Habitat for Humanity, Home Depot Partner for Energy Star

Habitat for Humanity International and The Home Depot Foundation have expanded Partners in Sustainable Building with a $30 million incentive fund to encourage affiliates to build 5,000 homes that meet Energy Star guidelines or a nationally recognized green building standard.

More than 120 affiliates across 45 states were selected to participate in the first year of the national rollout that begins at the end of August. These affiliates will be granted $3,000 for each home built to Energy Star standards and up to $5,000 for each home built to a higher green standard. Nearly 1,500 sustainable homes will be built in 2009 and 2010 alone. The grant process is annual, which gives other Habitat affiliates the opportunity to participate in the program.

Partners in Sustainable Building was established last year through a pilot program with 30 affiliates across a variety of climates in rural and urban areas throughout the United States. Habitat built more than 260 sustainable homes that met a green building standard during the pilot. According to the U.S. Environmental Protection Agency, benefits or features of homes built to this standard include:

  • Up to 50 percent less energy use than their conventional counterparts;
  • Reductions of up to a third in indoor water consumption because of high-efficiency plumbing fixtures and appliances;
  • Incorporation of durable materials that lower maintenance costs over the life of the structure, making homes more affordable;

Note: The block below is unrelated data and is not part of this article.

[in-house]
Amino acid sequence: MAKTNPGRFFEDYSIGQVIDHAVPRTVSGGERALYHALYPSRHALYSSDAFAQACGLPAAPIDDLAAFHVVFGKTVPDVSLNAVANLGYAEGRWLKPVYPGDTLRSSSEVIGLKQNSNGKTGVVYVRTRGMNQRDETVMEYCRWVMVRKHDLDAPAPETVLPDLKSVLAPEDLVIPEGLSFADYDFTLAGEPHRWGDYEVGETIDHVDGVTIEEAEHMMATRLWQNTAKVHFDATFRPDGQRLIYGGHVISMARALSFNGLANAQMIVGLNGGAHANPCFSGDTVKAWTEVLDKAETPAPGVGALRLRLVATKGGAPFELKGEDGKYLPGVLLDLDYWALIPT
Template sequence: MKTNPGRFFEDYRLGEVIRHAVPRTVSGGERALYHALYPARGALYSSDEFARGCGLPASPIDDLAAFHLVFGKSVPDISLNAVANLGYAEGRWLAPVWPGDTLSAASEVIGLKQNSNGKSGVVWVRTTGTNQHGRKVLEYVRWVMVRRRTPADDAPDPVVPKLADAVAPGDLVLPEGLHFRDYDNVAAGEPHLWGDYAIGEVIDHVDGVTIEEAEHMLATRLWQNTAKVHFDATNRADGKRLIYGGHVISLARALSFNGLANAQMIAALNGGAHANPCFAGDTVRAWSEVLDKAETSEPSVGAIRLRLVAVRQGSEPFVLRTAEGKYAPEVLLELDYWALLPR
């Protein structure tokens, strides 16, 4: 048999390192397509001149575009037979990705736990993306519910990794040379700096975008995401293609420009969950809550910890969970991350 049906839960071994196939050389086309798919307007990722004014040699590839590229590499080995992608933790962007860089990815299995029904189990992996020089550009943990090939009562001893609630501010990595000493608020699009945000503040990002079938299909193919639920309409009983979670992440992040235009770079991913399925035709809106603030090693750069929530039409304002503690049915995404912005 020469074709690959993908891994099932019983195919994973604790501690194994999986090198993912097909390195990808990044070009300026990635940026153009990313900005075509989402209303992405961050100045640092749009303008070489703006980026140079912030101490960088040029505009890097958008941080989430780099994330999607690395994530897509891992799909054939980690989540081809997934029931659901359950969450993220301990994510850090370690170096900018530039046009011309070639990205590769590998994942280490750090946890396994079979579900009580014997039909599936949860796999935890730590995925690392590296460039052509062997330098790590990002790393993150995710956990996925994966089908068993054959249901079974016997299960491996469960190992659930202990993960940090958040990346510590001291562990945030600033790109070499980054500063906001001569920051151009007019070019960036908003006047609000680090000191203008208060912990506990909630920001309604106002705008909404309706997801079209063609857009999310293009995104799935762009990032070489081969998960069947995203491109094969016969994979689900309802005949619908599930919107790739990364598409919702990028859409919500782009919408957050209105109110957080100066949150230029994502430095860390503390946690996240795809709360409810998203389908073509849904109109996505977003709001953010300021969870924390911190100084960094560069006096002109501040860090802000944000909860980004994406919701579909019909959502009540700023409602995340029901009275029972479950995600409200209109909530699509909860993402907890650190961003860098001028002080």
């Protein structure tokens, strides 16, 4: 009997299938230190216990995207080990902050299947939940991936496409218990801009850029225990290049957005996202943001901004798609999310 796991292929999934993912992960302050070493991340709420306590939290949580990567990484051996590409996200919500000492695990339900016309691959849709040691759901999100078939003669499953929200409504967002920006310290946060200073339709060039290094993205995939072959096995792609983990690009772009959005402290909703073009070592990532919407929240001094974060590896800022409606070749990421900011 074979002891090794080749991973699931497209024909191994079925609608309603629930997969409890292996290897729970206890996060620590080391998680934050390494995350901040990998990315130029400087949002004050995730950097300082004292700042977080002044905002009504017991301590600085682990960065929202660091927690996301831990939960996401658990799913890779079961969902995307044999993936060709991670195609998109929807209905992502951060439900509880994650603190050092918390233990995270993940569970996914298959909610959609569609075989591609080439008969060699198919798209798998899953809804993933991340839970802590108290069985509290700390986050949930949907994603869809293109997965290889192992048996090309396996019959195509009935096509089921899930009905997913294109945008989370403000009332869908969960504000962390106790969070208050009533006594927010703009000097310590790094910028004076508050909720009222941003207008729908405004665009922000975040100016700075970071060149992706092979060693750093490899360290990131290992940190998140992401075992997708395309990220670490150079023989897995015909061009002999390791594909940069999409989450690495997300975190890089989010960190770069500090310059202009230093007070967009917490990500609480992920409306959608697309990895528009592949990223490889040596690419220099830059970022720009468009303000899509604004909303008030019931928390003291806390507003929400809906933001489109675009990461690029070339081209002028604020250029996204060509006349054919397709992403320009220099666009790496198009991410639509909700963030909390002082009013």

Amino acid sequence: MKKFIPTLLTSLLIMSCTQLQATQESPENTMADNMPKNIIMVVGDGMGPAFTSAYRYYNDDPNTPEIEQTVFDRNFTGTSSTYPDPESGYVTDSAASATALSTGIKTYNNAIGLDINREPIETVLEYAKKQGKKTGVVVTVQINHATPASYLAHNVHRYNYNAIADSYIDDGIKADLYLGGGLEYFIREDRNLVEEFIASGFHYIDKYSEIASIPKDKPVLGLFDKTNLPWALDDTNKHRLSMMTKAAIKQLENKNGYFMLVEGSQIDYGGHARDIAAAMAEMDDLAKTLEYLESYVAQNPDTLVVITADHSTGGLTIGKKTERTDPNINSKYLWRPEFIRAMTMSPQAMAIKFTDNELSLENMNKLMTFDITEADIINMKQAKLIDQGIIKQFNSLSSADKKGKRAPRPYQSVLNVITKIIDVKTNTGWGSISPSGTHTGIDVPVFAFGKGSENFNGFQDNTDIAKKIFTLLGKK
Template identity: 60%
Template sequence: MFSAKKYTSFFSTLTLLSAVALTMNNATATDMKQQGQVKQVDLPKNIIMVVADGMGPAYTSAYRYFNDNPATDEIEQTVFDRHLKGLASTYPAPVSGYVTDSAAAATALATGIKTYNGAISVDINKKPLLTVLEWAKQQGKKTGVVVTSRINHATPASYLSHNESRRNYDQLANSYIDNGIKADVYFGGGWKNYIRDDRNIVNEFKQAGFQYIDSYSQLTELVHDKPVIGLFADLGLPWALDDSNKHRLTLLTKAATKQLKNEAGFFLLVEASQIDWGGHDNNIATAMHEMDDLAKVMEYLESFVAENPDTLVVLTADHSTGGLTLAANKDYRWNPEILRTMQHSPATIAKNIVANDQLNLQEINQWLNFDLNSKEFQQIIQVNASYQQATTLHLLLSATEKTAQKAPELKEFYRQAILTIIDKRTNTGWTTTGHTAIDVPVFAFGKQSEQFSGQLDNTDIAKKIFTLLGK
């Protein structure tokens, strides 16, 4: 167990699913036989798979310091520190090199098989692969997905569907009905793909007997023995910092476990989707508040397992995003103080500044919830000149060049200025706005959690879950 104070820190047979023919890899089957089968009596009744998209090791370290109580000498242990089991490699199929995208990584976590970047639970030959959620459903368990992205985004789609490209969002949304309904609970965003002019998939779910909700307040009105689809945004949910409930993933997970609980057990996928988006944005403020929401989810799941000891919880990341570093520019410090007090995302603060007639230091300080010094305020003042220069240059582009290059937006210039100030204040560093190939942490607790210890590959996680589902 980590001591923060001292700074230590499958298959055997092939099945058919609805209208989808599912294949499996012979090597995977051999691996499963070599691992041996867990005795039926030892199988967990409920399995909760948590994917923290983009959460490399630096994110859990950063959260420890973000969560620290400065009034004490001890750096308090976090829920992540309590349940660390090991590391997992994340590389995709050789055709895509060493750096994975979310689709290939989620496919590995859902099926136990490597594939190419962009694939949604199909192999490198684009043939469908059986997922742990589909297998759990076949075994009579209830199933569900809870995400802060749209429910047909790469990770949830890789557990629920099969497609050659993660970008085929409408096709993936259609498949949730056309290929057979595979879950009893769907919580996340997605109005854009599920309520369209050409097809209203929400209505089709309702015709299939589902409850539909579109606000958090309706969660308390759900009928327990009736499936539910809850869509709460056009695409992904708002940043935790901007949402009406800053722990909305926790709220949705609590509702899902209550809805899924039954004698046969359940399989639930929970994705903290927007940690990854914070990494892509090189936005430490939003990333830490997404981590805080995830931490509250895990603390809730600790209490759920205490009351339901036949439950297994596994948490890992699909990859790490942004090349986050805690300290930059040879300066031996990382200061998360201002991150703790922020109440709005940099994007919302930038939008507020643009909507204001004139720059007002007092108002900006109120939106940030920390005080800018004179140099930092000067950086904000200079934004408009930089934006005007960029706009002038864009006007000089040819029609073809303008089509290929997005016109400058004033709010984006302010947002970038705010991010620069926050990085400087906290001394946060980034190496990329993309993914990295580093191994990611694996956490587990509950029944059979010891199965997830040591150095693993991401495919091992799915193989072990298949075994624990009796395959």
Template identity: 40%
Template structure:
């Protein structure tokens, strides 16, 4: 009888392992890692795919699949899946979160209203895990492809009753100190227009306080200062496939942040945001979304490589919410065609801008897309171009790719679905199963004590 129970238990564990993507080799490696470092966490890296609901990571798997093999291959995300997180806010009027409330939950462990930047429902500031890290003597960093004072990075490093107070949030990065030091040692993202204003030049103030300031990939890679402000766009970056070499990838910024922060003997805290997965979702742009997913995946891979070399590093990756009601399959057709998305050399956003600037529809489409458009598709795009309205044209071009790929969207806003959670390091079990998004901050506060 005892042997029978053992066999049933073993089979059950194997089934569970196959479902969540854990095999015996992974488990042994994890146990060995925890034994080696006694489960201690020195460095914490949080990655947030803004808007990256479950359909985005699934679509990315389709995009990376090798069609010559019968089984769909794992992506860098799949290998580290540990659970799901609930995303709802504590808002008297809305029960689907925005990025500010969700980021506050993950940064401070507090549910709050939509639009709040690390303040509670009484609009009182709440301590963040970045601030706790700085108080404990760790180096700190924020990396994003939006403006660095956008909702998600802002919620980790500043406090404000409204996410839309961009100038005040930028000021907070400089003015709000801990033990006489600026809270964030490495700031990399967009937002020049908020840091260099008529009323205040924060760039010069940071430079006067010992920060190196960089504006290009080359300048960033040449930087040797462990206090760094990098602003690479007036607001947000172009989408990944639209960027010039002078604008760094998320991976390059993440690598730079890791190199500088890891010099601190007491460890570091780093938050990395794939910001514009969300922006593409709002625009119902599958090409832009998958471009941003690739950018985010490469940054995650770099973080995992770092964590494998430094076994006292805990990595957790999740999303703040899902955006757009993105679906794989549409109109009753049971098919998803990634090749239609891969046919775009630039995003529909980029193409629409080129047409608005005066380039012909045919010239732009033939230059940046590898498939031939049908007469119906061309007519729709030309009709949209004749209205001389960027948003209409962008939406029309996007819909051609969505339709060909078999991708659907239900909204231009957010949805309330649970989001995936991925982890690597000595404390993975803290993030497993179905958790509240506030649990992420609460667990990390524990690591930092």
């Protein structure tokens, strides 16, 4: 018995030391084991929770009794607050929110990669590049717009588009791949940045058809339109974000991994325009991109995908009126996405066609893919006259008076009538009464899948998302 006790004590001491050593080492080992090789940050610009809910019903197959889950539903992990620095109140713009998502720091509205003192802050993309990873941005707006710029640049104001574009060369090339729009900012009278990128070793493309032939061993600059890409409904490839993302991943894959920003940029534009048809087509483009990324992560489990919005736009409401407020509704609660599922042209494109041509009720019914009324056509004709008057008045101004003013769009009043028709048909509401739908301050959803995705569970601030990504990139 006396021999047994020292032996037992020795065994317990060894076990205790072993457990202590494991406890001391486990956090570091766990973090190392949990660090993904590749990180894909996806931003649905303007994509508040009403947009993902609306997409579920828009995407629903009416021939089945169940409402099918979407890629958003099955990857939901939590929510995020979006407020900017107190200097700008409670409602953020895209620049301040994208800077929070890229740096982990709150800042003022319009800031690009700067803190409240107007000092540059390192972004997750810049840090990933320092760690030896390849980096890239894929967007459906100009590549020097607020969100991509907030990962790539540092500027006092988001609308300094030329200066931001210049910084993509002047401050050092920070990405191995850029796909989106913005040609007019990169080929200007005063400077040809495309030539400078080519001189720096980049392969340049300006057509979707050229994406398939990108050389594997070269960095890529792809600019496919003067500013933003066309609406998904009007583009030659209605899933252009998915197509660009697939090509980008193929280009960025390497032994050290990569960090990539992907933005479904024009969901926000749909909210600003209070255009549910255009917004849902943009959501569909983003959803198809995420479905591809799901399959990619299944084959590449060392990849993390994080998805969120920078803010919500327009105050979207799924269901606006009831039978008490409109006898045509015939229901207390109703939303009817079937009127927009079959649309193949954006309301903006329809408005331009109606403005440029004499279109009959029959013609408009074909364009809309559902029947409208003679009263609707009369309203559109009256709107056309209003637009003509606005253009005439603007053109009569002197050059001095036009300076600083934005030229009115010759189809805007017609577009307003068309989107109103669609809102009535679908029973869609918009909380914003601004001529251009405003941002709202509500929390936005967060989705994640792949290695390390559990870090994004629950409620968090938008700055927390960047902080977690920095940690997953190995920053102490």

• Approximately 11 tons less carbon and greenhouse gas emissions per household annually, the equivalent of taking 250 cars off the road.
"From a new energy-efficient water heater and weather stripping to programmable thermostats and a low-flow toilet and bathroom fixtures, our family is already seeing savings in our monthly utility bills," said Brian, a Habitat homeowner from the pilot program. "We're so excited about our new home. To know it's one that we can afford to maintain and live in for years to come means so much for our family."

The pilot program demonstrated that the upfront costs of building green are modest and can be recouped through savings on utility and energy costs over the course of a home's mortgage. For instance, during the pilot phase of the program, an additional $2,000 in energy-saving features were added to Habitat houses. Early results show energy savings between 15 and 30 percent. In fact, in some of the homes already built to LEED Platinum standards are seeing energy savings of almost 50 percent.

"The Home Depot Foundation believes green building techniques are not a luxury - they aren't exotic or expensive," said Kelly Caffarelli, president of The Home Depot Foundation. "By embracing the practical principles of green building, our partnership with Habitat for Humanity International is demonstrating that these techniques can actually make homes more affordable to own, maintain and live in from day one and for the long term. With health and economic concerns at an all-time high, this issue is more important than ever for the families who will purchase these homes."

To inspire and educate additional affiliate participation, eight Habitat State Support Organizations, which provide services to 440 affiliates, will also receive grant money to add staff and host training sessions for Habitat affiliates to learn how to build to nationally recognized green standards.

"The introduction of the Partners in Sustainable Building program has created excitement about the benefits of green building within Habitat for Humanity," said Jonathan Reckford, chief executive officer of Habitat for Humanity International. "With the support of The Home Depot Foundation, we have a great opportunity to bring the economic benefits of sustainable building to our homeowners and to show our volunteers how easily and affordably they can make their own homes greener as well."

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